What Every Homeowner Should Know to Stay Covered During Hurricane Season

Americans are well aware of the impact major storms have on properties. When hurricane season approaches each year, people in areas where these storms hit the hardest should review their insurance policies to make sure they are covered and all of their information is current. Those who are not properly protected should buy coverage before it is too late.

Hurricane season officially starts on the first day of June and runs through the last day of November. Regardless of where a person lives in hurricane-prone areas, the flood waters and strong winds of these storms can render their properties into piles of rubble in a short amount of time. When a hurricane begins developing, many people rush out to buy insurance. However, most companies will not issue new policies after a storm has started. Policies are only issued when no storm threats are active.

Experts say that planning ahead is the only way to financially weather a hurricane. The first and most important step for people who have policies is to review their existing coverage. Every person should know what his or her policy excludes or includes. If anything is not included that a person feels should be included, it is important to contact an agent immediately. There are usually several options for riders to insurance policies. It is also important to ask an agent if any uncertainties or other concerns arise.

While some homeowners policies include deductibles for hurricane or wind losses, other insurance companies charge separately for this at the choice of the policyholder. This deductible is the amount that the policyholder must pay before the insurer will cover the remainder of the damages up to the agreed coverage amount. Hurricane and wind deductibles are usually written off as specific amounts. Alternately, the deductible might be applied toward a loss percentage of insurance coverage on a structure. For example, if the damage amounted to $6,000 and the home was insured for $200,000 with a deductible of two percent, the homeowner would pay $4,000. The insurer would pay $2,000. Deductible amounts vary based on geographic locations.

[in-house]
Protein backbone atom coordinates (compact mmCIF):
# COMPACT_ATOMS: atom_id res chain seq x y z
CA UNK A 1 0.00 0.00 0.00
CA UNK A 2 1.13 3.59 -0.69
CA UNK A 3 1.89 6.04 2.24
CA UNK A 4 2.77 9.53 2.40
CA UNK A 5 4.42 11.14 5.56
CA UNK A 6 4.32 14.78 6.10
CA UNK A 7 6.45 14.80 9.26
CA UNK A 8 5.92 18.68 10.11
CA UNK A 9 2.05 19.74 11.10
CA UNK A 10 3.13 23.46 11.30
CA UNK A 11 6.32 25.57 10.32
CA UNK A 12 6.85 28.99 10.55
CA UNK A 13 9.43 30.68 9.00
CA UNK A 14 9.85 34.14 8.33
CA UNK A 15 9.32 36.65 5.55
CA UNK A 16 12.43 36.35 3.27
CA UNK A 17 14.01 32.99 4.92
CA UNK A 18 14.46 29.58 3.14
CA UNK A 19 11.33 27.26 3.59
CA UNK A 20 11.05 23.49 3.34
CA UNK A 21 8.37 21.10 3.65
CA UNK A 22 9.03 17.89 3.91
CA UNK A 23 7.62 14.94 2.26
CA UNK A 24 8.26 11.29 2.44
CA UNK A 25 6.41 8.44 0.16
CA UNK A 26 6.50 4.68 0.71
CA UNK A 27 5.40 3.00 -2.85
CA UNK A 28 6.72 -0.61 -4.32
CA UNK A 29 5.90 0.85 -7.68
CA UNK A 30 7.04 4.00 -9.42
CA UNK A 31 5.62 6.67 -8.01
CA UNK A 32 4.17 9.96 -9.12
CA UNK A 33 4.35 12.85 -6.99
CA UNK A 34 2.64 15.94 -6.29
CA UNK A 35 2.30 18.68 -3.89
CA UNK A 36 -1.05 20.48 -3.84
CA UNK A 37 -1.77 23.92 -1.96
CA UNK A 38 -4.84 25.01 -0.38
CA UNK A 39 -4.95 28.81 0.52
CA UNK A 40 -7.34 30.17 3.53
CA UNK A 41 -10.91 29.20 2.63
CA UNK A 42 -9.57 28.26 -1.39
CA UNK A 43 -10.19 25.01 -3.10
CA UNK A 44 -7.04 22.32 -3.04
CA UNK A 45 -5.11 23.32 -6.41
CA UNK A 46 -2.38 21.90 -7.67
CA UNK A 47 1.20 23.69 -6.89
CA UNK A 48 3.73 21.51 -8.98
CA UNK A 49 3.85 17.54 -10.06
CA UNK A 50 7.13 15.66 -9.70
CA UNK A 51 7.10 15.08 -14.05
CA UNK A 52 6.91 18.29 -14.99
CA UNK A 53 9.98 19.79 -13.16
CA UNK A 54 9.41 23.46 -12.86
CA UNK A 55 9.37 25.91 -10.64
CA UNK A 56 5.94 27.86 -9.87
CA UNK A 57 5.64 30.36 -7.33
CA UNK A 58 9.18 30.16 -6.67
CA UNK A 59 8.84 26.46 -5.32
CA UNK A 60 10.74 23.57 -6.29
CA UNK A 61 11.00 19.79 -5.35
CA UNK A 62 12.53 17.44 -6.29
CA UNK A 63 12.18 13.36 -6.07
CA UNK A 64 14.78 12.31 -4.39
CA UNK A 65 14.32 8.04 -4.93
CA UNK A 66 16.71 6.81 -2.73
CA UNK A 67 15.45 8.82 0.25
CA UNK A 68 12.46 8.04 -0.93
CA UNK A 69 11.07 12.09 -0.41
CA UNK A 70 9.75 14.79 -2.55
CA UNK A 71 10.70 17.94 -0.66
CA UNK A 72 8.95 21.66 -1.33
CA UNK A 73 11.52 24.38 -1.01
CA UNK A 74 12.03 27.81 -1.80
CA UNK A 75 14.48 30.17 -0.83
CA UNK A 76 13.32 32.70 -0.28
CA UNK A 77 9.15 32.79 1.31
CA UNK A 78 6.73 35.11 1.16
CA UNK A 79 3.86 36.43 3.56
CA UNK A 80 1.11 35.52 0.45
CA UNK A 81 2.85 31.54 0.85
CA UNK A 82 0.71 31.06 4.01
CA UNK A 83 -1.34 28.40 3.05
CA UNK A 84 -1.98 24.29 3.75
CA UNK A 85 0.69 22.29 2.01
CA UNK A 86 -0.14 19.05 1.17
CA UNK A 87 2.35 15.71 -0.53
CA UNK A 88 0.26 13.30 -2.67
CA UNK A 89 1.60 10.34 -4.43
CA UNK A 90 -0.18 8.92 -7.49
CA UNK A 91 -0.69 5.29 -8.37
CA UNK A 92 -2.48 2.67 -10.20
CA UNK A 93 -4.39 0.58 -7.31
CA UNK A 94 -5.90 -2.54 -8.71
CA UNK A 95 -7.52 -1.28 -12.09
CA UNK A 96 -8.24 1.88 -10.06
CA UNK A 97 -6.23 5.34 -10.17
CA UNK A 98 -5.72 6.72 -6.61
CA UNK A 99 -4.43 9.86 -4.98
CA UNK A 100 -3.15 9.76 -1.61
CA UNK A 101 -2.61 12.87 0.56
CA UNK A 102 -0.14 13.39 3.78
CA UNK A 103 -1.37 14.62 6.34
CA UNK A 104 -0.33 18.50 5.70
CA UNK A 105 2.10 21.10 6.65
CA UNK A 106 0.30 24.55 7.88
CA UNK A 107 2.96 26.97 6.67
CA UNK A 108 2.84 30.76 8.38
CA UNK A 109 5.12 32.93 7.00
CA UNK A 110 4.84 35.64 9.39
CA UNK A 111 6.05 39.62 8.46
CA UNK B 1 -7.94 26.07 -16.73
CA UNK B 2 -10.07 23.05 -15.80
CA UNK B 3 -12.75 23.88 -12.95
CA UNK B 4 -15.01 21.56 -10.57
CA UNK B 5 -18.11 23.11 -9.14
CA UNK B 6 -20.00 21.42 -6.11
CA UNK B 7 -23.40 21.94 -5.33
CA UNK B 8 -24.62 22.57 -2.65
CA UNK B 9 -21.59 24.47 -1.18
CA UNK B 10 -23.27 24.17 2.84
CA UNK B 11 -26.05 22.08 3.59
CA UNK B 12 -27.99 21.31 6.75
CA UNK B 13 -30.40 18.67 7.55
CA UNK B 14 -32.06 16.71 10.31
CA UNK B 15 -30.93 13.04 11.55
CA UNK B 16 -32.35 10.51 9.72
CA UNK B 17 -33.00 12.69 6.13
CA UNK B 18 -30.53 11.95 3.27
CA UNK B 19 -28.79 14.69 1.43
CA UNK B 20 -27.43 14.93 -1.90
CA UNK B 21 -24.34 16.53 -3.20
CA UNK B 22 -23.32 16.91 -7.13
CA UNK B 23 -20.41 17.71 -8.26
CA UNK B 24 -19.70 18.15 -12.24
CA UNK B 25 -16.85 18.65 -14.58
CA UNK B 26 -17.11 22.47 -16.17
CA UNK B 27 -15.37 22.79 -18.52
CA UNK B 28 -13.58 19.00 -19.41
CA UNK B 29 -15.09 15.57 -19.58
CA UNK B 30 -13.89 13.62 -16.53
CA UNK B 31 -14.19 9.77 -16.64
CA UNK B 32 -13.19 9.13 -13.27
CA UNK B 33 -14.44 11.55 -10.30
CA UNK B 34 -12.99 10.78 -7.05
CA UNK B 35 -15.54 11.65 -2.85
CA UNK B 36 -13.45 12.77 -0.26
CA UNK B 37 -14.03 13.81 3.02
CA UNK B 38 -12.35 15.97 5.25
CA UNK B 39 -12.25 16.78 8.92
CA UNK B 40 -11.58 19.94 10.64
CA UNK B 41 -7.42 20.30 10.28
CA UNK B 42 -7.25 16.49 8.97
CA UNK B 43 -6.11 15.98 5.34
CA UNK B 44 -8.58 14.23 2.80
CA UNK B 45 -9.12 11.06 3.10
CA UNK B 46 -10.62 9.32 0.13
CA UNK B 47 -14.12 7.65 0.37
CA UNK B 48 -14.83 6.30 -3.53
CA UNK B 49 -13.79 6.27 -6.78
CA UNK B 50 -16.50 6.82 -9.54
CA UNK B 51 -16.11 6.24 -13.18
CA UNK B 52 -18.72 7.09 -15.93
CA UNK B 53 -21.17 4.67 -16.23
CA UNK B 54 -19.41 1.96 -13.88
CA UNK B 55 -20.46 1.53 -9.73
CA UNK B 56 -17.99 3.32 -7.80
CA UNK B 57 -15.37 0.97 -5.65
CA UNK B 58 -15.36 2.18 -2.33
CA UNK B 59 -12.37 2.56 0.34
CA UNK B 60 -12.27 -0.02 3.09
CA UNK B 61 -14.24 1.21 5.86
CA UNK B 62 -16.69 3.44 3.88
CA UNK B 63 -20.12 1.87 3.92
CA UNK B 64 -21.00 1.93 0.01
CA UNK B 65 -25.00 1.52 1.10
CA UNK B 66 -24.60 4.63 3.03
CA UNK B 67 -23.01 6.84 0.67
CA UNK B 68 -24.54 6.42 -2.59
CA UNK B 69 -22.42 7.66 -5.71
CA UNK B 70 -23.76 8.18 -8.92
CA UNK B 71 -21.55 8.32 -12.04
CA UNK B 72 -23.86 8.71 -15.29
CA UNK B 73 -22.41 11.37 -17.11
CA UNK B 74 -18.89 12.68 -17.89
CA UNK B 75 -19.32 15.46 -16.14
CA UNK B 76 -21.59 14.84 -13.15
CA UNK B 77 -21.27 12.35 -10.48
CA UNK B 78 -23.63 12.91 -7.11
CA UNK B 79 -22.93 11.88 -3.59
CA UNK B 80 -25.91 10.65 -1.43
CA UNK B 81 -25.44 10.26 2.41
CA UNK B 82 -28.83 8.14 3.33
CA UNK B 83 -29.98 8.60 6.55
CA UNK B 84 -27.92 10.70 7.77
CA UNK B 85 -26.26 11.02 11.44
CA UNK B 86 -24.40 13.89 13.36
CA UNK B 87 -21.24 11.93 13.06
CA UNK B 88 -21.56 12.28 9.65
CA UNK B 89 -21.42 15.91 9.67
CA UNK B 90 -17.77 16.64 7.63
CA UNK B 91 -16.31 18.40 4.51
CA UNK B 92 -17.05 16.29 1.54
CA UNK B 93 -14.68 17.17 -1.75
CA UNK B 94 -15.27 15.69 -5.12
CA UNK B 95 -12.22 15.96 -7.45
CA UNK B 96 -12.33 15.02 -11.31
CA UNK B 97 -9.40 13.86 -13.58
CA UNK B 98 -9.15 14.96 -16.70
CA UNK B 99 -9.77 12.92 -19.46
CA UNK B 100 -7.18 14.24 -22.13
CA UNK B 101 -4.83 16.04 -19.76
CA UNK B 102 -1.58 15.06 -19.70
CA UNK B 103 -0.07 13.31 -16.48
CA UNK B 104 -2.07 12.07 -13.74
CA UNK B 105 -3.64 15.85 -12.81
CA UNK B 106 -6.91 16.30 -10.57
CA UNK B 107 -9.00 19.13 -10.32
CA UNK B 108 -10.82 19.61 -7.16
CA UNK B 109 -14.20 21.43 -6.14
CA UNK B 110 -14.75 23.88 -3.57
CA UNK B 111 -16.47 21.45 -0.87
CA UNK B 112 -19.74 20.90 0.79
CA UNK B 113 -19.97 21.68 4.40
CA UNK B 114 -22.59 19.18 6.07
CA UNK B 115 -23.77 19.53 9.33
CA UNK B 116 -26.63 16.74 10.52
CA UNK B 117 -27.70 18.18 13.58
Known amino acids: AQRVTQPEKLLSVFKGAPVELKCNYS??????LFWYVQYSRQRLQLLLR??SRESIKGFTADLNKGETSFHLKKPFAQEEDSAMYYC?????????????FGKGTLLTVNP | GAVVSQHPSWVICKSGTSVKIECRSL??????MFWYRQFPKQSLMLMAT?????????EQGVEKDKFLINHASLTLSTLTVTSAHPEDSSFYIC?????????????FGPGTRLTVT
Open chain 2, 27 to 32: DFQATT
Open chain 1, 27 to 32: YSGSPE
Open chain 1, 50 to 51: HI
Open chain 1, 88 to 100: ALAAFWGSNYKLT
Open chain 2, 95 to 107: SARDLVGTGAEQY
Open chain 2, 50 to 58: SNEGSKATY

Experts remind people that the majority of damages come from flooding and not high winds. Most policies do not cover flooding. Standard policies cover water damage, but the amount of water brought on by a hurricane is considered flooding. There are federal policies available for flood insurance, so anyone who lives in an area where a hurricane or tropical storm could cause a flood should talk to an agent about obtaining this coverage. It is important to know that there is a waiting period before a flood policy takes effect, so homeowners should not delay in seeking coverage.

People living in affected areas should also do the following:
 

  • Find out if an insurance company covers replacement costs or cash value for losses.
  • Ensure that all contents of the home and their full values are covered in the event of a hurricane. Additional coverage may be necessary.
  • Make sure vehicles are covered for wind and flood damages.
  • If sewer backup coverage has not been purchased, it is important to obtain it.

Insurers everywhere encourage homeowners to keep policy copies in safe but easily accessible places. They also ask homeowners to keep their agents’ numbers in their phone contact lists and know which person and what company to contact if hurricane damages occur. This will make it easier to start a claim immediately. Homeowners should make an inventory of all of their personal property and decide on a total value. Special items such as art, firearms and valuable jewelry may need separate coverage. While it is ideal to store valuables in safe places or take them along when evacuation orders are given, this may not always be possible with all special items. To learn more about enhancing coverage, contact ACBI at 203-259-7580 or visit our website.

Leave a Reply

Fill in your details below or click an icon to log in:

WordPress.com Logo

You are commenting using your WordPress.com account. Log Out /  Change )

Google photo

You are commenting using your Google account. Log Out /  Change )

Twitter picture

You are commenting using your Twitter account. Log Out /  Change )

Facebook photo

You are commenting using your Facebook account. Log Out /  Change )

Connecting to %s